The answer is likely “Yes” that you are deficient in Magnesium.
Magnesium is the eighth most abundant mineral on earth, and the third most abundant in sea water. More importantly, it is the fourth most abundant mineral in the human body and it is necessary in over 300 reactions within the body.
Magnesium isn’t just abundant in the body, but vitally important too. As this article explains:
Every single cell in the human body demands adequate magnesium to function, or it will perish. Strong bones and teeth, balanced hormones, a healthy nervous and cardiovascular system, well functioning detoxification pathways and much more depend upon cellular magnesium sufficiency. Soft tissue containing the highest concentrations of magnesium in the body include the brain and the heart—two organs that produce a large amount of electrical activity, and which can be especially vulnerable to magnesium insufficiency.
Proper magnesium ratios are important for the body to correctly use calcium in the cells. Even a small deficiency can lead to a dangerous calcium imbalance and lead to problems like calcification and cell death. This manifests itself with symptoms like heart trouble, migraine headaches, muscle cramps and premenstrual cramping.
Where Has All The Magnesium Gone?
Unfortunately, most modern farming processes tax the soil, depleting it of its natural magnesium. On top of that, many hybrids are selectively bred to survive low levels of magnesium and most conventional fertilizers use nitrogen, potassium, and phosphorus, and do nothing to replenish magnesium levels.
Water was once a good source of magnesium, but now:
Fluoride in drinking water binds with magnesium, creating a nearly insoluble mineral compound that ends up deposited in the bones, where its brittleness increases the risk of fractures. Water, in fact, could be an excellent source of magnesium—if it comes from deep wells that have magnesium at their source, or from mineral-rich glacial runoff. Urban sources of drinking water are usually from surface water, such as rivers and streams, which are low in magnesium. Even many bottled mineral waters are quite low in magnesium, or have a very high concentration of calcium, or both.
These additional dietary factors can also deplete magnesium:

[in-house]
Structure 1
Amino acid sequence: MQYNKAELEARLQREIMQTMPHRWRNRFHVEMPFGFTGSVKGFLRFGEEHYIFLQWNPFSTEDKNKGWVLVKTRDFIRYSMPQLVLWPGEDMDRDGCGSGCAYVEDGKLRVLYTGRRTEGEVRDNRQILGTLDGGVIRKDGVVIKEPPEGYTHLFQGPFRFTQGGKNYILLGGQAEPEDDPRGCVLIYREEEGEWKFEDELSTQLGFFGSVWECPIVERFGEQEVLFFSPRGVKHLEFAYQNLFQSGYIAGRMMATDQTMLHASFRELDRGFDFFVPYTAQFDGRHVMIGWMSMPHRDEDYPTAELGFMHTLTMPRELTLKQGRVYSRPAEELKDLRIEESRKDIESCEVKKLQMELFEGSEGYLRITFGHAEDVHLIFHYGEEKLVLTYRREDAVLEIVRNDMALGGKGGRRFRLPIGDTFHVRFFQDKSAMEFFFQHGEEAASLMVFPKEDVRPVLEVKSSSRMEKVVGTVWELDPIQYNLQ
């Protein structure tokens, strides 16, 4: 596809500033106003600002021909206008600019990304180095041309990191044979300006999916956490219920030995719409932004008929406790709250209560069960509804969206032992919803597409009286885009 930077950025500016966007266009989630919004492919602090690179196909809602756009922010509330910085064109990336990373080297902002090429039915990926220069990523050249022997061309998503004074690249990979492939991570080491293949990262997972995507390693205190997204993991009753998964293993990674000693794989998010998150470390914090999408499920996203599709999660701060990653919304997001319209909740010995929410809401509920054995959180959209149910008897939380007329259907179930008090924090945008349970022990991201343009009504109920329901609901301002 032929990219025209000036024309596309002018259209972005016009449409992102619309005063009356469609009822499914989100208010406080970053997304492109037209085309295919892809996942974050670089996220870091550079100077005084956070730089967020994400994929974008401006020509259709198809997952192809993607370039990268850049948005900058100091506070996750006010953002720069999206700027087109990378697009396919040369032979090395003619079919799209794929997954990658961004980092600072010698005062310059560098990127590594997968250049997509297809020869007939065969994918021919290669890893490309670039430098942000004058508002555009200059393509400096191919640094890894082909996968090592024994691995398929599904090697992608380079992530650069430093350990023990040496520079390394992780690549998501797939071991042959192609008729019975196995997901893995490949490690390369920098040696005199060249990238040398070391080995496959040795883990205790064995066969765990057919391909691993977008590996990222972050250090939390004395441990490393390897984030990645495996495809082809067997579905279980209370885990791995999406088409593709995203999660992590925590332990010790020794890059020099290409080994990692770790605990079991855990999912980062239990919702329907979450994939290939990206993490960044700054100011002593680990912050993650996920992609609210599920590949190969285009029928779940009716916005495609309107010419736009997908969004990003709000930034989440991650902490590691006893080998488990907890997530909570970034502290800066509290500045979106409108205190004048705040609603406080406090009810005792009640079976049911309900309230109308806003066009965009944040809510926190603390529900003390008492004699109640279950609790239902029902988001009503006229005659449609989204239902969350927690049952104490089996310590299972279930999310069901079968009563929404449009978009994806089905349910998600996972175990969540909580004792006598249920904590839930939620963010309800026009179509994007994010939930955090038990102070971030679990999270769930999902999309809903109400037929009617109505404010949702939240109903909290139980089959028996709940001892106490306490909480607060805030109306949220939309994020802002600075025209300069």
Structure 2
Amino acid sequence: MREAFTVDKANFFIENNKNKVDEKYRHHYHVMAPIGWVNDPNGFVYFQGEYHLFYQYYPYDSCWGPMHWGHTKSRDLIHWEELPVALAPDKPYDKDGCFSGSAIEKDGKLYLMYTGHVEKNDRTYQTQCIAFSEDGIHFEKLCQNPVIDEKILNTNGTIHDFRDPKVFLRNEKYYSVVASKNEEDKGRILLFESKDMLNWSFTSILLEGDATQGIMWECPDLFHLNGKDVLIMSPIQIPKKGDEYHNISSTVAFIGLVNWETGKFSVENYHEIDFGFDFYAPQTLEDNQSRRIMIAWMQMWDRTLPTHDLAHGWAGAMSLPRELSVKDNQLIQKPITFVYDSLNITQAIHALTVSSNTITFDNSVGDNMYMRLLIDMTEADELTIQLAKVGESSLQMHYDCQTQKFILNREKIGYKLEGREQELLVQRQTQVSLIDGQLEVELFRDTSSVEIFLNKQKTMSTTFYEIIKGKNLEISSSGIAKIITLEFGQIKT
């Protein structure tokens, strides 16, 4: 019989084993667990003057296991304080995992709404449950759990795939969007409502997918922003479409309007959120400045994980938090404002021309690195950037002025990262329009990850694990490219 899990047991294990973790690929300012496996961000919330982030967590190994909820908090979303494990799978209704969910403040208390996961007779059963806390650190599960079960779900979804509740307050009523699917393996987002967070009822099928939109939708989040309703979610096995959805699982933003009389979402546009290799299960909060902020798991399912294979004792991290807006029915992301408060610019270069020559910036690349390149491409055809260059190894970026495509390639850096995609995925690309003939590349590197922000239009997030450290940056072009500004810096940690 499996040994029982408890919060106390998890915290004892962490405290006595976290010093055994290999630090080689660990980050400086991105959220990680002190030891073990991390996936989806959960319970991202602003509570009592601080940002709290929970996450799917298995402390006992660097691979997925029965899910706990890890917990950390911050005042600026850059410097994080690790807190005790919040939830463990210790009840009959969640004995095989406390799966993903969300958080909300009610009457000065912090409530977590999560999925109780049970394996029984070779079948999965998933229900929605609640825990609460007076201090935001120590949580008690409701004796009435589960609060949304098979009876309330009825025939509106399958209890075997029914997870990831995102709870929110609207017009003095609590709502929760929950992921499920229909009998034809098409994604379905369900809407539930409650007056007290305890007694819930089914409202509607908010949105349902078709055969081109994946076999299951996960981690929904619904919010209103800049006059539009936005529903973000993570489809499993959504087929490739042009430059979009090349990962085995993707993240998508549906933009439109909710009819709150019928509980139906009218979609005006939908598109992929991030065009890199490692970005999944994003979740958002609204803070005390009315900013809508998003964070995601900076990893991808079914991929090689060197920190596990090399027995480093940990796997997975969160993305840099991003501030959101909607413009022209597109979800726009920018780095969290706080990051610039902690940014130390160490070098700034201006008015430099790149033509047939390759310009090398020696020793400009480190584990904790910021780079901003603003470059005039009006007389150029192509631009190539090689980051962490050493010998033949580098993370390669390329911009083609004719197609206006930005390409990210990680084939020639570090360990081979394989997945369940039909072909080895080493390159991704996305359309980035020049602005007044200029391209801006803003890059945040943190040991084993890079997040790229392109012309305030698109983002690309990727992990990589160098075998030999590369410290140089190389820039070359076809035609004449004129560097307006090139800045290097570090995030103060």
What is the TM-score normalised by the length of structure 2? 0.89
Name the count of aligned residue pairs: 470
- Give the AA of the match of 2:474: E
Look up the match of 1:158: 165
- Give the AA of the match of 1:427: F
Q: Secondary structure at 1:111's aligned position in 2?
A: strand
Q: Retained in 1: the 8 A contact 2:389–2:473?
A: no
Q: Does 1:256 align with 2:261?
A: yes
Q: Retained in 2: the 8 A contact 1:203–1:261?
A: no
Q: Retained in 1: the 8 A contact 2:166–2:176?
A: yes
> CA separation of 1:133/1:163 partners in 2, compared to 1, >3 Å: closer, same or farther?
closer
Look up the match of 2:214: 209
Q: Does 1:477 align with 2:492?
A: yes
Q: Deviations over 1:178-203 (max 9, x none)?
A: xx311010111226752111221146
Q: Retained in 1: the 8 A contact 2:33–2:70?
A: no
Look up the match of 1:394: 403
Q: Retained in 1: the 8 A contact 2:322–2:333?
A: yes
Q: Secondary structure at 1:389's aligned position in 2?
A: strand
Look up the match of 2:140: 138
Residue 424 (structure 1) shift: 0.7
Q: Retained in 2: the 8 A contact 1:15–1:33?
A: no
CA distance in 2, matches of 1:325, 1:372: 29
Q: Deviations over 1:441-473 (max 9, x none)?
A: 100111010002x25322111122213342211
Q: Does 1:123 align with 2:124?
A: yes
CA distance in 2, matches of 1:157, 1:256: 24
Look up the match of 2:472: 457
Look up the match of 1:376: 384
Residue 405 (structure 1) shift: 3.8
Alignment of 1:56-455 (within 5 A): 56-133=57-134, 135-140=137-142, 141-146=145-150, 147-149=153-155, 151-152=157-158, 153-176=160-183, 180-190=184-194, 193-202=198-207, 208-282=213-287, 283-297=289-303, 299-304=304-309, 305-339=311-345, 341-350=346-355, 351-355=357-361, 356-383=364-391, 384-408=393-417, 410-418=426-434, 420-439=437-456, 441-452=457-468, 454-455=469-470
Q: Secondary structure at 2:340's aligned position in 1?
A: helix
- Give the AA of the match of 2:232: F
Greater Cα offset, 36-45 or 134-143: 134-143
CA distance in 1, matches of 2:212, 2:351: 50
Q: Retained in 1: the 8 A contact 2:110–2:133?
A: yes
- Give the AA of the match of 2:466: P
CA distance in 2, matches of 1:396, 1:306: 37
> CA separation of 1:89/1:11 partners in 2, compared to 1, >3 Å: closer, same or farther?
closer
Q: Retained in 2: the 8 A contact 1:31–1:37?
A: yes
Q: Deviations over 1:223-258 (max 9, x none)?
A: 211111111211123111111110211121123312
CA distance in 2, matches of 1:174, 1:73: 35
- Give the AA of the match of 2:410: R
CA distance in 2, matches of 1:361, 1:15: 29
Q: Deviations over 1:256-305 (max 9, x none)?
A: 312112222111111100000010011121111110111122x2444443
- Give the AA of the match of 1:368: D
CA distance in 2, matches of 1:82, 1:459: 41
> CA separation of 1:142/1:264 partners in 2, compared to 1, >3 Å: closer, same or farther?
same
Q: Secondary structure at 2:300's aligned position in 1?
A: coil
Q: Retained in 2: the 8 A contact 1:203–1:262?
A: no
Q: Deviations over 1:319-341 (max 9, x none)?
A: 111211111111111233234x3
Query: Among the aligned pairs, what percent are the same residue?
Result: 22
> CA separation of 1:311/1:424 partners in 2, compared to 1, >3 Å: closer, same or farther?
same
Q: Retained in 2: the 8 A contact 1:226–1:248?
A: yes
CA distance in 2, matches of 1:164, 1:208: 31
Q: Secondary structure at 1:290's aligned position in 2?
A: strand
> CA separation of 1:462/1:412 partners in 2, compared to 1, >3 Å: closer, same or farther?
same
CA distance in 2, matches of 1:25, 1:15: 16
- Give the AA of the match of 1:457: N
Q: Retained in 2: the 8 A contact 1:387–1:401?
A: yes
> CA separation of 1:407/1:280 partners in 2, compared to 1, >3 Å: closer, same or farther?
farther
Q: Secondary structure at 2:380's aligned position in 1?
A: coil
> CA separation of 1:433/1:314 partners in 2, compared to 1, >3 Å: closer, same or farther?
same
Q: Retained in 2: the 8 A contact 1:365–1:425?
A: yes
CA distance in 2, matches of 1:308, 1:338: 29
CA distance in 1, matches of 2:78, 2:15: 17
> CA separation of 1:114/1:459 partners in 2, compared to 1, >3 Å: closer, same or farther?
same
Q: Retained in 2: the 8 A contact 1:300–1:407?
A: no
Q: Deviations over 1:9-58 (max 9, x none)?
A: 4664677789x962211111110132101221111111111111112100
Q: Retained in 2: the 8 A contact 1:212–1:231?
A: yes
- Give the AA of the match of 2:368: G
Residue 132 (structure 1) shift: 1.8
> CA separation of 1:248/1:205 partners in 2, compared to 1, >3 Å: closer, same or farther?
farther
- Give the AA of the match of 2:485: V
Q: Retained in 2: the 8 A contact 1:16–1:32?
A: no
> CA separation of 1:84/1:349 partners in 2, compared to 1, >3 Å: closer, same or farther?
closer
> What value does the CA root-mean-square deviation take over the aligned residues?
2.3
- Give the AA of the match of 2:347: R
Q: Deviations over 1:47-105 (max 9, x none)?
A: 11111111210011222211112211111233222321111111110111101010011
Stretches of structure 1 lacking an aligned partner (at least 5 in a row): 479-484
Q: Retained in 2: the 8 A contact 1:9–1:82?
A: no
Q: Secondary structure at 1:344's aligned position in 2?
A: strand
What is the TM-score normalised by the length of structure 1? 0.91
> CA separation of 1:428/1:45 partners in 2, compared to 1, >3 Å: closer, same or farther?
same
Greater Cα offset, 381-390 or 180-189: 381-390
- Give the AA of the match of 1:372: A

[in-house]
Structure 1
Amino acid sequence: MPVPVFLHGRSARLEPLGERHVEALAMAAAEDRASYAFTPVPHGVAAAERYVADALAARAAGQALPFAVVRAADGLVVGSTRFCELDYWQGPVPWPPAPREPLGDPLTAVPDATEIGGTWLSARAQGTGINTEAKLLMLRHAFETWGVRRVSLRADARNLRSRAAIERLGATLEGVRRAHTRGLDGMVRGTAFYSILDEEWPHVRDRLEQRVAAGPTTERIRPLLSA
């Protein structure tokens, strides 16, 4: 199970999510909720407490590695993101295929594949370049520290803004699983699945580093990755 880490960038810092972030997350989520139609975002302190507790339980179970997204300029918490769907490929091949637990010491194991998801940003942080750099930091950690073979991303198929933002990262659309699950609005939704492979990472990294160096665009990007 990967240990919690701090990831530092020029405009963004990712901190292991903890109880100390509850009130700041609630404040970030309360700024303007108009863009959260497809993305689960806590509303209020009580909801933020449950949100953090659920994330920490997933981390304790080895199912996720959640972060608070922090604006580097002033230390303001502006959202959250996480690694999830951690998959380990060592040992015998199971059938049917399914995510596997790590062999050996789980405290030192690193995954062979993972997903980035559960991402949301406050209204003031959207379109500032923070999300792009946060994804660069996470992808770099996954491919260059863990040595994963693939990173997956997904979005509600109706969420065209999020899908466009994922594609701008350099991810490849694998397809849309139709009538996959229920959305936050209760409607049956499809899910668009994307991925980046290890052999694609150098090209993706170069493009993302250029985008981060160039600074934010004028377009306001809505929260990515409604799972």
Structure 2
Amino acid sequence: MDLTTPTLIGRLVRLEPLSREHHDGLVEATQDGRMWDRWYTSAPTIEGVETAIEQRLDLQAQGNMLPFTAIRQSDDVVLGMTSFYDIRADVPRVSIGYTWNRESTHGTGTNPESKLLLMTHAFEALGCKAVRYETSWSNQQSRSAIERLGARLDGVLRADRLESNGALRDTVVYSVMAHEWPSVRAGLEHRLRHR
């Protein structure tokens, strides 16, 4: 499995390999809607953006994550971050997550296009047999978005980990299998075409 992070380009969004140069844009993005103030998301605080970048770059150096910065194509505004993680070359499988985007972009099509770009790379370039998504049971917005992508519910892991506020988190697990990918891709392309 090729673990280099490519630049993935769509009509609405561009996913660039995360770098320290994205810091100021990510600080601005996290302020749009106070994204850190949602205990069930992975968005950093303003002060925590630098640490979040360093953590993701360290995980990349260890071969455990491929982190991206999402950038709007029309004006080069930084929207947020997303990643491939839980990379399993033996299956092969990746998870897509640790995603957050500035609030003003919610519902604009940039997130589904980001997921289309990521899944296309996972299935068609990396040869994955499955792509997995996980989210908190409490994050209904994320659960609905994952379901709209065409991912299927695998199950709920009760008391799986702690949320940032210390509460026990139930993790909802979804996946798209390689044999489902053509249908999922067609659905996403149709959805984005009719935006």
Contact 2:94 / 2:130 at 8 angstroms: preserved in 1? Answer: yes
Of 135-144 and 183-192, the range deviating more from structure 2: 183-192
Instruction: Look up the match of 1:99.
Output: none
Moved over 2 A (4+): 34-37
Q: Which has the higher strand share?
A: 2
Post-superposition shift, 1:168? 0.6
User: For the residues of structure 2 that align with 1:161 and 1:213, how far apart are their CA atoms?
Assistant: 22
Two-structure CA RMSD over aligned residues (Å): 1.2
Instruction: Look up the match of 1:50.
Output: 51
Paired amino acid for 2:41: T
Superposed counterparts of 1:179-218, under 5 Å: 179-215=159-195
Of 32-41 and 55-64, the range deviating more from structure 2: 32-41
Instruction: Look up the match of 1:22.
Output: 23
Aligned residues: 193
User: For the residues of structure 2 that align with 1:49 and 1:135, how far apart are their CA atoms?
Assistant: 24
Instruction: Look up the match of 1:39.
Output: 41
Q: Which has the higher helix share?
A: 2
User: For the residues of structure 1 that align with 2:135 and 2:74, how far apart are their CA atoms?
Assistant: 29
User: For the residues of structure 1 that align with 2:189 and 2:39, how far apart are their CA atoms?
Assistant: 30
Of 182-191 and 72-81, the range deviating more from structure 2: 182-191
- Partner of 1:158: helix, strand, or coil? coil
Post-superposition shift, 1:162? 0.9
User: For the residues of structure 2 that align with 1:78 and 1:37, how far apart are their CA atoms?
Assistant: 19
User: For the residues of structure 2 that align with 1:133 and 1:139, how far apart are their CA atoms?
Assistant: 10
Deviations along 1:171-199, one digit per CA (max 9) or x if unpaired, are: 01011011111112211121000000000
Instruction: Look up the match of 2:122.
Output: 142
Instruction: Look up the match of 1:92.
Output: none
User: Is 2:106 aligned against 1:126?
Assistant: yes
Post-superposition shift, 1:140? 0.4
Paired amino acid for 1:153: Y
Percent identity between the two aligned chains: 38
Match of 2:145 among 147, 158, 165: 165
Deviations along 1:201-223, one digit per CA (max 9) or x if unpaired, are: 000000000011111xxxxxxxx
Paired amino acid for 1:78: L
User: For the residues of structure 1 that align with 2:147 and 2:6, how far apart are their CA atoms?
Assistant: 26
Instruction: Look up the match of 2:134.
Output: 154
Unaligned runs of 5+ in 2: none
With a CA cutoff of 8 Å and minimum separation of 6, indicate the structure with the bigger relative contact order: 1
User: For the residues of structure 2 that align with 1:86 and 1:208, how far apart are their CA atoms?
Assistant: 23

- Consumption of caffeine
- Consumption of sugar (It takes 28 molecules of magnesium to metabolize a single glucose molecule! source)
- Consumption of processed food
- Consumption of alcohol
- Consumption of produce from depleted soil
- Consumption of foods high in phytic acid
Additionally, drugs like birth control pills, hypertension medicine, diuretics, insulin, and certain antibiotics (among others) deplete magnesium levels. Sweating often from exercise or other causes can also deplete magnesium.
What Does Magnesium Do?
Magnesium is necessary for hundreds of functions within the body, but is especially important for:
- Gives rigidity AND flexibility to your bones (more important than Calcium in many cases)
- Increases bioavailability of calcium
- Regulates and normalizes blood pressure
- Prevents and reverses kidney stone formation
- Promotes restful sleep
- Helps prevent congestive heart failure
- Eases muscle cramps and spasms
- Lowers serum cholesterol levels and triglycerides
- Decreases insulin resistance
- Can prevent atherosclerosis and stroke
- End cluster and migraine headaches
- Enhances circulation
- Relieves fibromyalgia and chronic pain
- Treats asthma and emphysema
- Helps make proteins
- Encourages proper elimination
- Prevents osteoporosis
- Proper Vitamin D absorption
- protection from radiation
- To aid weight loss
- Lessen or remove ADD or ADHD in children
- in proper digestion of carbohydrates
- emerging evidence is showing a preventative role in many cancers
Even though magnesium deficiency is rarely addressed in medical settings, the National Institutes of Health website states that: